But I'm enough of a fan that I'll give any sport a chance, especially when the best are competing. Olympics, Tour de France, Wimbledon, boxing, golf, extreme sports - I'm game. I've even tuned in to the occasional NASCAR race in an as-yet futile effort to figure out why people enjoy watching cars go around in circles.
So I watched several matches of the 2006 FIFA World Cup with genuine enthusiasm. And my verdict is: I think I'd rather watch cars go in circles. Football - soccer, to us clueless Americans - definitely is not my sport, for the usual clueless-American reasons: Too little scoring, too few legitimate threats to score.
But fear not - I can fix the world's most popular sport with three simple suggestions. And I think I can do it without ruining it for the rest of the world.
Consider the statistics. Only 147 goals were scored in the 64 World Cup games this year. That's an average of 2.3 goals per game - both teams combined. At least one team was shut out in 41 games, in seven of those, neither team scored. Thirteen games were decided by scores of 1-0. In only five games did both teams score as many as two goals; of the 44 teams that scored at least two goals in a game, only two lost. All the losing teams combined scored only 17 goals - meaning that scoring at all meant a team had a 77 percent chance of winning or tying the match.
In only six of the 64 games did the team that gave up the first goal to its opponent go on to win in regulation time (two teams that gave up the first goal tied the score in regulation, then won on penalty kicks). That means, not counting penalty-kick victories, the team that scored first lost only 9 percent of the time. That renders a football match more like an Old West gunfight: the first contestant to hit the opposing target almost surely wins.
I'm sorry, world - for all the sport's artistry and athleticism, that's simply too little scoring. So here are the three suggestions this clueless American recommends to make soccer - I mean, football - more exciting.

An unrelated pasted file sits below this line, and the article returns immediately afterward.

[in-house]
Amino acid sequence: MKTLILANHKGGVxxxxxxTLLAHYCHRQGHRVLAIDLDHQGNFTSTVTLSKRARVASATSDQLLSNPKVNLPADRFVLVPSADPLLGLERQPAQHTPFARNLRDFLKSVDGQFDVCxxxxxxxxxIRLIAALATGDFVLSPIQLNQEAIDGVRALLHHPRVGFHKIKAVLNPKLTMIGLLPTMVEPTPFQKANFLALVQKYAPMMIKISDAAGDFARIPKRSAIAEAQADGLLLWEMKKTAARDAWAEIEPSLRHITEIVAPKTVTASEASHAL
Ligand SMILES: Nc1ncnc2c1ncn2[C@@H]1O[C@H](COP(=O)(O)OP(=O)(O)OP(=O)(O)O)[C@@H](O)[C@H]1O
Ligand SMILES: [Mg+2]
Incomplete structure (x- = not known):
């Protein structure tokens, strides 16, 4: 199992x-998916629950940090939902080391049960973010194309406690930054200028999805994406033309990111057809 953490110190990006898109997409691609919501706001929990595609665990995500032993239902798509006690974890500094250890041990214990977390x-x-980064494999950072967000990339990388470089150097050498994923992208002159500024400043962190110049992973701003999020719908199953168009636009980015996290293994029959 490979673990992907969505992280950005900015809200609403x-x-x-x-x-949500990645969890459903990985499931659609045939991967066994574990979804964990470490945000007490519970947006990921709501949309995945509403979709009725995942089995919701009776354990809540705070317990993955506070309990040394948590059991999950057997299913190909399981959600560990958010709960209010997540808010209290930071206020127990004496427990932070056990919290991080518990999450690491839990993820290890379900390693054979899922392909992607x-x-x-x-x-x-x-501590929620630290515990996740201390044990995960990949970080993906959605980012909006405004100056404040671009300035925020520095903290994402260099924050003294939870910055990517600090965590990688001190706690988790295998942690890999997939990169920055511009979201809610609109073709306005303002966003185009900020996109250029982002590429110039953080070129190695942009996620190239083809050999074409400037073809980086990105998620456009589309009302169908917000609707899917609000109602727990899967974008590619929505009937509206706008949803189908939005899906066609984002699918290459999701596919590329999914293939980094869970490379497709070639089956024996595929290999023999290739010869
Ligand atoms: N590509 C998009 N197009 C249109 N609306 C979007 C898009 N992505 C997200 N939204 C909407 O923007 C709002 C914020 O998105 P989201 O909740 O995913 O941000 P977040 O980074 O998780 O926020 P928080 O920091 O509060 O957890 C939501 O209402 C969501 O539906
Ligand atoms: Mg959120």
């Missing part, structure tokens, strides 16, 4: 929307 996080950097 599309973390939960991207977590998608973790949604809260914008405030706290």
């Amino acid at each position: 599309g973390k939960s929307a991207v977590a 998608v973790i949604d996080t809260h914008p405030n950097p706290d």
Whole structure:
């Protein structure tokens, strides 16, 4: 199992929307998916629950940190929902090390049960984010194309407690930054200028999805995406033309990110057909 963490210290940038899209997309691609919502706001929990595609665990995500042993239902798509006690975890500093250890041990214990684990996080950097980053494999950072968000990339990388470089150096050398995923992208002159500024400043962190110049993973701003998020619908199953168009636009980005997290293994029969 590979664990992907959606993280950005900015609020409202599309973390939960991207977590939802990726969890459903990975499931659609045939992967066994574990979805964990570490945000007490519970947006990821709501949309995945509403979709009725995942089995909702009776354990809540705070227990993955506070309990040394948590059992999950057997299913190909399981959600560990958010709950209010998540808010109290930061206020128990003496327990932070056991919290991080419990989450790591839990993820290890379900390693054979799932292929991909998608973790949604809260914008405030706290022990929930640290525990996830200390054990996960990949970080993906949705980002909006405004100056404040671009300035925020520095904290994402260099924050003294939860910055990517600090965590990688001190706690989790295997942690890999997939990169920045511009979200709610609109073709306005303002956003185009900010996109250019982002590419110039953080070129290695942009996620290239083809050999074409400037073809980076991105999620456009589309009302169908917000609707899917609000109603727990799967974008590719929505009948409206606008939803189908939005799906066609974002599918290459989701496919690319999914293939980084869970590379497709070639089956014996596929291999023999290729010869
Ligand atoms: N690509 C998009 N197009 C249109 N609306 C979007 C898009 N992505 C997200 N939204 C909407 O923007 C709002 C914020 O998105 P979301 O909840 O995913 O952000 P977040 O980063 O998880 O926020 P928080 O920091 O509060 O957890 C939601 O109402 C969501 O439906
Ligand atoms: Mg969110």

Change the off-side rule. Football needs something akin to the fast-break in basketball. But the rules prohibit an attacking player who isn't controlling the ball from being closer to the opponent's goal than any opposition player (not including the goalkeeper). This prevents a player from simply positioning himself near the goalie and waiting until his team can shoot him a long pass, creating an easy shot at the net. But it also bogs the game down mercilessly, preventing swifter players from gaining advantage over slower ones.
The change: Place a fixed off-side line or arc on the field to function as does the blue line in ice hockey. The line should be far enough from the goal to make a shot on goal from beyond it possible but difficult. Teams will be tempted to leave extra attackers on the opponents' side of the field in hopes of a "fast-break," but at the risk of having fewer defenders on its own side. Either way, more scoring opportunities should open up.
Employ a penalty box, as in ice hockey. For any foul that now results in a direct free kick for the opposition, give the opponent the choice of taking the free kick or sending the offending player to a penalty box for five minutes. Playing with a temporary numerical advantage would make for more exciting attacks.
Instead of penalty kicks deciding tied knockout games, use one-minute, three-on-three showdowns. One team will have a goalie and two defenders, the other, three attackers - but only two attackers can be inside the off-side line (see change no. 1) at any time. The attackers fail if they haven't scored in one minute, kick the ball beyond the end line, or if the goalie gains control of the ball. Each team gets five three-on-three chances, best of five wins. This would be far more challenging than boring penalty kicks.
There you have it, world. Now, if you'll excuse me, the second half of the baseball season is under way.
Robert Steinback is a former columnist for The Miami Herald, now on a one-year sabbatical.